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How to open a New Office in the U.S. for the L-1 Visa

How to open a new office in the U.S. and file for an L-1A Visa petition.

The USCIS will initially approve your L-1A Visa for a period of one year.

It can be renewed twice, 3 years at a time, for a total of 7 years.

The USCIS will want to see evidence of a business plan including financial projections for both the U.S. subsidiary and the foreign parent company.

The L beneficiary who is coming to the United States to open a new office may be classified as a manager or executive during the one year required to reach the “doing business” standard if the factors surrounding the establishment of the proposed organization are such that it can be expected that the organization will, within one year, support a managerial or executive position.

The factors to be considered include amount of investment, intended personnel structure, product or service to be provided, physical premises, and viability of the foreign operation.

It is expected that a manager or executive who is required to open a new business or office will be more actively involved in day-to-day operations during the initial phases of the business, but must also have authority and plans to hire staff and have wide latitude in making decisions about the goals and management of the organization.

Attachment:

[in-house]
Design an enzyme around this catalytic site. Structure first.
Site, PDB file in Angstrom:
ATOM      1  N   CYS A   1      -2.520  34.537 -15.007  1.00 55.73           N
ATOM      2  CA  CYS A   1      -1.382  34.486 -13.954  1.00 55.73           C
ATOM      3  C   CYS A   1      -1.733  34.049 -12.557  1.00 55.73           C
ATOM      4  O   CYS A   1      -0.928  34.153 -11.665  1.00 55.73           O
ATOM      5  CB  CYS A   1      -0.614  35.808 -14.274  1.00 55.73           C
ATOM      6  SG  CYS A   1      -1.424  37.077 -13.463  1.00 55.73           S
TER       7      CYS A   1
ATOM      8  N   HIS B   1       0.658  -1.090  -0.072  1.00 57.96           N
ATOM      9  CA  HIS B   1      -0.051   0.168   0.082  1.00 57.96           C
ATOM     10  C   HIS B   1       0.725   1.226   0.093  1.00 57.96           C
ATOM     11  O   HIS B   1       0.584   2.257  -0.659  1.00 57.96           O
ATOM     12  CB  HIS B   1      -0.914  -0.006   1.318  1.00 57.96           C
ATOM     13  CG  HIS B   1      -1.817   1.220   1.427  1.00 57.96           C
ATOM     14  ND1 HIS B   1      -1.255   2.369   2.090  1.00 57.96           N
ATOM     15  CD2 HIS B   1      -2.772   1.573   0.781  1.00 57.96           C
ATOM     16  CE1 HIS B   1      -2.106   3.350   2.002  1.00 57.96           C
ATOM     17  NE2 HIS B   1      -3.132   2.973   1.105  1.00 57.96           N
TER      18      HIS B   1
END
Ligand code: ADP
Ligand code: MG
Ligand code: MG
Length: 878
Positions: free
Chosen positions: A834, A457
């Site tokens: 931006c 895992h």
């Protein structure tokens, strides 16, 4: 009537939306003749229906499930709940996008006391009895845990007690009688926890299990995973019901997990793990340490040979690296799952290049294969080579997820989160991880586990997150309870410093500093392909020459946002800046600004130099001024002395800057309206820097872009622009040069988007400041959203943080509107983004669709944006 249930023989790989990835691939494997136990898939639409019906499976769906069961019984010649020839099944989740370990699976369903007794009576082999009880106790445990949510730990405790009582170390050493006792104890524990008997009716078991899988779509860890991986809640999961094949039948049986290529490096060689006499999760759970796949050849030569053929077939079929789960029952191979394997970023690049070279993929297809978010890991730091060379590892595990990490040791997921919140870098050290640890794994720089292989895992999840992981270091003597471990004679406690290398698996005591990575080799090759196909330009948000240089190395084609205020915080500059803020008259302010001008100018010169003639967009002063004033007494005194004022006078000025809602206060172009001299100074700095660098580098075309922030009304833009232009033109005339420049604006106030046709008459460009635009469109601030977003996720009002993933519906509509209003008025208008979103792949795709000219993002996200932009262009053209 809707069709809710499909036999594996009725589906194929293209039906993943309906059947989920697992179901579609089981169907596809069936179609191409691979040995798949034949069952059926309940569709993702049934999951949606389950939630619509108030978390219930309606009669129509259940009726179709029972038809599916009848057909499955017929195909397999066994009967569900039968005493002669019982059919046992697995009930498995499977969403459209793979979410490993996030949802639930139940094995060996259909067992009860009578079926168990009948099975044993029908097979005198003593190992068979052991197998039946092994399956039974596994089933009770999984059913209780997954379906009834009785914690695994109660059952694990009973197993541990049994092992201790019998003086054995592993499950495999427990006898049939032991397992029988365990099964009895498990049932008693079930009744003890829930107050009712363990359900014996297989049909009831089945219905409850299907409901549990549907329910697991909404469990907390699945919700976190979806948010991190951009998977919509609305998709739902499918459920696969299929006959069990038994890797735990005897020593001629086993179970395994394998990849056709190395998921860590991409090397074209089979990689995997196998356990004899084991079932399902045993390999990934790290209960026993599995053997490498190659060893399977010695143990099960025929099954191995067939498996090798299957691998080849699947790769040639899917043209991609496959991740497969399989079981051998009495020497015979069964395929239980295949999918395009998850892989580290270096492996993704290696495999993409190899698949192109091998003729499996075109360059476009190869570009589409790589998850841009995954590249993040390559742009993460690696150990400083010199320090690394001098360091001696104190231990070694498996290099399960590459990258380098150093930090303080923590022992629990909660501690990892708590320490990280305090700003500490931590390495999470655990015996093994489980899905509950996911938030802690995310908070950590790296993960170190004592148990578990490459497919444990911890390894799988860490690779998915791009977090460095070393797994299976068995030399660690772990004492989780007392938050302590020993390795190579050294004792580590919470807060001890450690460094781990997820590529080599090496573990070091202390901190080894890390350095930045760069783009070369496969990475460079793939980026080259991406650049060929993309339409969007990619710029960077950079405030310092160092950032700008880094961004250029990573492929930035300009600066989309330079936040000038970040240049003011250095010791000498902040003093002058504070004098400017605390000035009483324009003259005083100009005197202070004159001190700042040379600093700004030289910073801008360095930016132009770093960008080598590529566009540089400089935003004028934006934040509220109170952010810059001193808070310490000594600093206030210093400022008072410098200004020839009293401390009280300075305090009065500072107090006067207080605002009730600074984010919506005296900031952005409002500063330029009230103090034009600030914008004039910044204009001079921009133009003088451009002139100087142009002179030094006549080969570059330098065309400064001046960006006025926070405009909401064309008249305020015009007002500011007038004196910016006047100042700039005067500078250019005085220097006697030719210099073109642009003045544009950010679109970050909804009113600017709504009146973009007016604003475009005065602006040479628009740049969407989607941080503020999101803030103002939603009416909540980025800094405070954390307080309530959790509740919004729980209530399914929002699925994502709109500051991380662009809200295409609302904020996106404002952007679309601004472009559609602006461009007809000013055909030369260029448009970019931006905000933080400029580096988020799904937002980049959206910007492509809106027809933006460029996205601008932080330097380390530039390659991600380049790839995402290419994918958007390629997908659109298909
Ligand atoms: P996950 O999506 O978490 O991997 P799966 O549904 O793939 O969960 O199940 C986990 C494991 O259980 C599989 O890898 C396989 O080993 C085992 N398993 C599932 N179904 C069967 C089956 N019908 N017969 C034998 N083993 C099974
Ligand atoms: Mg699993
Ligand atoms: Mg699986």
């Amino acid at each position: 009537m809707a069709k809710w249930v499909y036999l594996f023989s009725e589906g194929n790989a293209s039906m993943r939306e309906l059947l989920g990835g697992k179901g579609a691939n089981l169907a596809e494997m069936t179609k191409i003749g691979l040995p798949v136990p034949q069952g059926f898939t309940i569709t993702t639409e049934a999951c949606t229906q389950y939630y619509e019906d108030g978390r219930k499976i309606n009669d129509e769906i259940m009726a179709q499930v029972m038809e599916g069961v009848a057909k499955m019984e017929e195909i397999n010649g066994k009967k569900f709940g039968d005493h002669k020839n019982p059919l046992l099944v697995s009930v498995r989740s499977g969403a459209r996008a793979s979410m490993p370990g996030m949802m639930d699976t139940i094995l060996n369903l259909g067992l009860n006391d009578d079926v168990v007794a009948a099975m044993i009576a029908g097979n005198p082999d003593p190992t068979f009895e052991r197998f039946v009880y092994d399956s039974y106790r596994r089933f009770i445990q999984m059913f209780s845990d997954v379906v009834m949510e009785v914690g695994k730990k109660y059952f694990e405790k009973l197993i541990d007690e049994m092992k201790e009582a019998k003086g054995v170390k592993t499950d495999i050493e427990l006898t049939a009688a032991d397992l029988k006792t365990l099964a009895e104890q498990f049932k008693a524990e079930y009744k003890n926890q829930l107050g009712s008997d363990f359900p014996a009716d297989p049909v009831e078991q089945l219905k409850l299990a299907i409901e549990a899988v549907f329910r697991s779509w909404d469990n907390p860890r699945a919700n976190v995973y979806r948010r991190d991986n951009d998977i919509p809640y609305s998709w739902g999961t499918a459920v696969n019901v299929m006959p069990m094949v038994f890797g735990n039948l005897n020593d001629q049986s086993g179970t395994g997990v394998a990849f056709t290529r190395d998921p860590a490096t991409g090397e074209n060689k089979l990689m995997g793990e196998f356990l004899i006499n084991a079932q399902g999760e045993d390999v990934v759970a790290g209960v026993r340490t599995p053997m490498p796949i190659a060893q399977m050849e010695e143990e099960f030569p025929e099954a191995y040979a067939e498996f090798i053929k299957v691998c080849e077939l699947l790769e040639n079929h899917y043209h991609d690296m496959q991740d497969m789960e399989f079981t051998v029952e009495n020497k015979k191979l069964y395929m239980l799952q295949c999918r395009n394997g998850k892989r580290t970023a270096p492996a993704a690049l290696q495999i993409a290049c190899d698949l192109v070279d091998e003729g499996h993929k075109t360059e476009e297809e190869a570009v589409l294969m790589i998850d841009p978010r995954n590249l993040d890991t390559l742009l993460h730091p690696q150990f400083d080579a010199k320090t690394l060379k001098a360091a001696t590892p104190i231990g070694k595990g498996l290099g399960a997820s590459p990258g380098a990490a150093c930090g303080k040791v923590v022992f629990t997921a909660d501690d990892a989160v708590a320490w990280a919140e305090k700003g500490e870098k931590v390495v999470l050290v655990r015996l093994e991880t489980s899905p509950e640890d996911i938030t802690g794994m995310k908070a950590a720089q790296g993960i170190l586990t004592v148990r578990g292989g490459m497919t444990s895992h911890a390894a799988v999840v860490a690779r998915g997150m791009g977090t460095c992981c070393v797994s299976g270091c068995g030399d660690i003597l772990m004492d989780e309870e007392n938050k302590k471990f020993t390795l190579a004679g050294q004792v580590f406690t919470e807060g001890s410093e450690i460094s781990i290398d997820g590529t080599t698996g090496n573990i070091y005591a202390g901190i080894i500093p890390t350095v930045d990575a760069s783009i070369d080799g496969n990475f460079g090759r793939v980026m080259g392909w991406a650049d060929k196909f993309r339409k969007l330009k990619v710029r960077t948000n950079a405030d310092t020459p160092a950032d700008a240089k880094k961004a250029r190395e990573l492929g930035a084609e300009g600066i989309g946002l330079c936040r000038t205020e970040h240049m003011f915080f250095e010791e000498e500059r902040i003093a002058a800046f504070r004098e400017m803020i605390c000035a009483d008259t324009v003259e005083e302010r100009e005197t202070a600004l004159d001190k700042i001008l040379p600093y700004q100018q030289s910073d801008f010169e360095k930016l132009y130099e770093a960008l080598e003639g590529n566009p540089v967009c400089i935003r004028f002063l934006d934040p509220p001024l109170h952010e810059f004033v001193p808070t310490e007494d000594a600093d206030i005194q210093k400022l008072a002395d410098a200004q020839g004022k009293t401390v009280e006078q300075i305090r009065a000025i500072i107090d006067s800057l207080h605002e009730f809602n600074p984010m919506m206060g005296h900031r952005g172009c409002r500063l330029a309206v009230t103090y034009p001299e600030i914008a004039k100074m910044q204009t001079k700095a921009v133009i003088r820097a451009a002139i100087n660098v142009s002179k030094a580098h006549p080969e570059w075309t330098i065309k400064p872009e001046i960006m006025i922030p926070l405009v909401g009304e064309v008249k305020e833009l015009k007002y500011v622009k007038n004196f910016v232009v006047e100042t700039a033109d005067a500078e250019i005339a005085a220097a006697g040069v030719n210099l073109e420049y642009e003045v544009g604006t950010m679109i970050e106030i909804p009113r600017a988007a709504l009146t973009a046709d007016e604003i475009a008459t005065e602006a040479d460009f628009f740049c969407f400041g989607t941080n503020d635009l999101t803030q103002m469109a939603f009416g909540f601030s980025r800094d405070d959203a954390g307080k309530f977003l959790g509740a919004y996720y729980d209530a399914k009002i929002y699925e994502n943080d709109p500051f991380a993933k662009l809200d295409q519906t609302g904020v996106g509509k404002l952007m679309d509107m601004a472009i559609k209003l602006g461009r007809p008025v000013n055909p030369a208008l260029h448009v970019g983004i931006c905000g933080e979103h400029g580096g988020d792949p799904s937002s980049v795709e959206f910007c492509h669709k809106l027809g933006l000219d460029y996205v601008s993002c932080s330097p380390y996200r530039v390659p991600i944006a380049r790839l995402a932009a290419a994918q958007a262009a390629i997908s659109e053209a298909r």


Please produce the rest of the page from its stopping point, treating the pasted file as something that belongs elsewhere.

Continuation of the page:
How to set up a New U.S. Subsidiary or Affiliate Company

For Corporations, Partnerships or LLC’s in all 50 States, you may contact a company like:

Business Filings International, Inc.
8025 Excelsior Dr. Suite 200
Madison, WI 53717

1-800-981-7183 or 1-608-827-5300
Monday-Friday, 8:30am- 5:30pm CST
FAX: 1-608-827-5501
Email: [email protected]

Website: http://www.bizfilings.com/

When establishing a new U.S. Subsidiary or Affiliate company, you will want to keep the following in mind:

The foreign firm and the US firm must have a “qualifying relationship.”

The US and the foreign firm must have common majority ownership, or, where there is less than majority ownership, common control by the same person or entity.

Ownership by a common group of owners where no owner has control or a majority interest can cause a problem if each individual owner does not own approximately the same amount of both the US and the foreign company.

This problem can sometimes be worked around if the owners have set up a voting agreement to ensure that there are not different groups controlling the foreign firm and the US firm.

As a general rule, the Owner of the Foreign Company should own at least 51% of the U.S. Company.

Proof of Ownership and Control of the US Entity:

When relevant you will want to submit copies of the share certificates issued and list the # of shares of stock issued for the US Entity

Once the US Entity is formed, you will want to set up a US Checking Account and rent office space.


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